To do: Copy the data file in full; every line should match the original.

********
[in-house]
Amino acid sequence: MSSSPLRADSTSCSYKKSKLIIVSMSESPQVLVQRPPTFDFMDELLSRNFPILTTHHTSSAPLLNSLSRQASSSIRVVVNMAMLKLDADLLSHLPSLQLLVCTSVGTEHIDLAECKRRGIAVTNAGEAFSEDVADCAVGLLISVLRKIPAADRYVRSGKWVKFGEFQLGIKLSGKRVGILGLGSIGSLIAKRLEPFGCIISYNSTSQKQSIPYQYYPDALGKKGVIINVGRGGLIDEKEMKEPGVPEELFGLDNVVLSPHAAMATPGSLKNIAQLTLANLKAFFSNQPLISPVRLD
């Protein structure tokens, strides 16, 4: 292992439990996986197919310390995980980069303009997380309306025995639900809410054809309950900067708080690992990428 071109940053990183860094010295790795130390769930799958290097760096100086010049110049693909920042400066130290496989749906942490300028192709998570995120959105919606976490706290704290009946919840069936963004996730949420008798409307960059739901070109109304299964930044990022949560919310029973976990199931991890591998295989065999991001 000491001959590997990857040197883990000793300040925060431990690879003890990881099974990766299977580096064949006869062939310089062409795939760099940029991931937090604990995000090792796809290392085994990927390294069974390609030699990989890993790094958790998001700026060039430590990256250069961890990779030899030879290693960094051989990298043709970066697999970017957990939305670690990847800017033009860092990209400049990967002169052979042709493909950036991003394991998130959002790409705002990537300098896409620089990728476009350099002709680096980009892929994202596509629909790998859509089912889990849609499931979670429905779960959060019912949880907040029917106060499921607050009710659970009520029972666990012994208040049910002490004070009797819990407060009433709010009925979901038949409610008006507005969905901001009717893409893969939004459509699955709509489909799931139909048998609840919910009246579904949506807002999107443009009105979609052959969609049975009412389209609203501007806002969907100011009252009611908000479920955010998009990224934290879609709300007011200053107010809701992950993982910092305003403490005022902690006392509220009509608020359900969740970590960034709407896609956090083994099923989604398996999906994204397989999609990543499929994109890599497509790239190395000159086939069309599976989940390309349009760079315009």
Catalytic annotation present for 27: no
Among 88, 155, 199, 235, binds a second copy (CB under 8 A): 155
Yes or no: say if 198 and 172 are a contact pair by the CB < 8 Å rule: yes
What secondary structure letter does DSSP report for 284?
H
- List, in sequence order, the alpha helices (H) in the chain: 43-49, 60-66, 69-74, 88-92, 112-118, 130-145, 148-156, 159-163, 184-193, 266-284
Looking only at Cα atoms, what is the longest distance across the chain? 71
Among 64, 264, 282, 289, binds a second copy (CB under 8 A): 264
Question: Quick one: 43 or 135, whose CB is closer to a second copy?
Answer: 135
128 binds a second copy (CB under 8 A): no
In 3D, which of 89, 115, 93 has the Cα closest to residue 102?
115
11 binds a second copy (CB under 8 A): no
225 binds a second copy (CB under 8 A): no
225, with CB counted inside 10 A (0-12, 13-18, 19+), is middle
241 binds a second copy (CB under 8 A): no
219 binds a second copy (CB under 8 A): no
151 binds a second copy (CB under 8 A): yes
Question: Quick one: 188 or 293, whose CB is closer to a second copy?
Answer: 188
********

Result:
[in-house]
Amino acid sequence: MSSSPLRADSTSCSYKKSKLIIVSMSESPQVLVQRPPTFDFMDELLSRNFPILTTHHTSSAPLLNSLSRQASSSIRVVVNMAMLKLDADLLSHLPSLQLLVCTSVGTEHIDLAECKRRGIAVTNAGEAFSEDVADCAVGLLISVLRKIPAADRYVRSGKWVKFGEFQLGIKLSGKRVGILGLGSIGSLIAKRLEPFGCIISYNSTSQKQSIPYQYYPDALGKKGVIINVGRGGLIDEKEMKEPGVPEELFGLDNVVLSPHAAMATPGSLKNIAQLTLANLKAFFSNQPLISPVRLD
């Protein structure tokens, strides 16, 4: 292992439990996986197919310390995980980069303009997380309306025995639900809410054809309950900067708080690992990428 071109940053990183860094010295790795130390769930799958290097760096100086010049110049693909920042400066130290496989749906942490300028192709998570995120959105919606976490706290704290009946919840069936963004996730949420008798409307960059739901070109109304299964930044990022949560919310029973976990199931991890591998295989065999991001 000491001959590997990857040197883990000793300040925060431990690879003890990881099974990766299977580096064949006869062939310089062409795939760099940029991931937090604990995000090792796809290392085994990927390294069974390609030699990989890993790094958790998001700026060039430590990256250069961890990779030899030879290693960094051989990298043709970066697999970017957990939305670690990847800017033009860092990209400049990967002169052979042709493909950036991003394991998130959002790409705002990537300098896409620089990728476009350099002709680096980009892929994202596509629909790998859509089912889990849609499931979670429905779960959060019912949880907040029917106060499921607050009710659970009520029972666990012994208040049910002490004070009797819990407060009433709010009925979901038949409610008006507005969905901001009717893409893969939004459509699955709509489909799931139909048998609840919910009246579904949506807002999107443009009105979609052959969609049975009412389209609203501007806002969907100011009252009611908000479920955010998009990224934290879609709300007011200053107010809701992950993982910092305003403490005022902690006392509220009509608020359900969740970590960034709407896609956090083994099923989604398996999906994204397989999609990543499929994109890599497509790239190395000159086939069309599976989940390309349009760079315009």
Catalytic annotation present for 27: no
Among 88, 155, 199, 235, binds a second copy (CB under 8 A): 155
Yes or no: say if 198 and 172 are a contact pair by the CB < 8 Å rule: yes
What secondary structure letter does DSSP report for 284?
H
- List, in sequence order, the alpha helices (H) in the chain: 43-49, 60-66, 69-74, 88-92, 112-118, 130-145, 148-156, 159-163, 184-193, 266-284
Looking only at Cα atoms, what is the longest distance across the chain? 71
Among 64, 264, 282, 289, binds a second copy (CB under 8 A): 264
Question: Quick one: 43 or 135, whose CB is closer to a second copy?
Answer: 135
128 binds a second copy (CB under 8 A): no
In 3D, which of 89, 115, 93 has the Cα closest to residue 102?
115
11 binds a second copy (CB under 8 A): no
225 binds a second copy (CB under 8 A): no
225, with CB counted inside 10 A (0-12, 13-18, 19+), is middle
241 binds a second copy (CB under 8 A): no
219 binds a second copy (CB under 8 A): no
151 binds a second copy (CB under 8 A): yes
Question: Quick one: 188 or 293, whose CB is closer to a second copy?
Answer: 188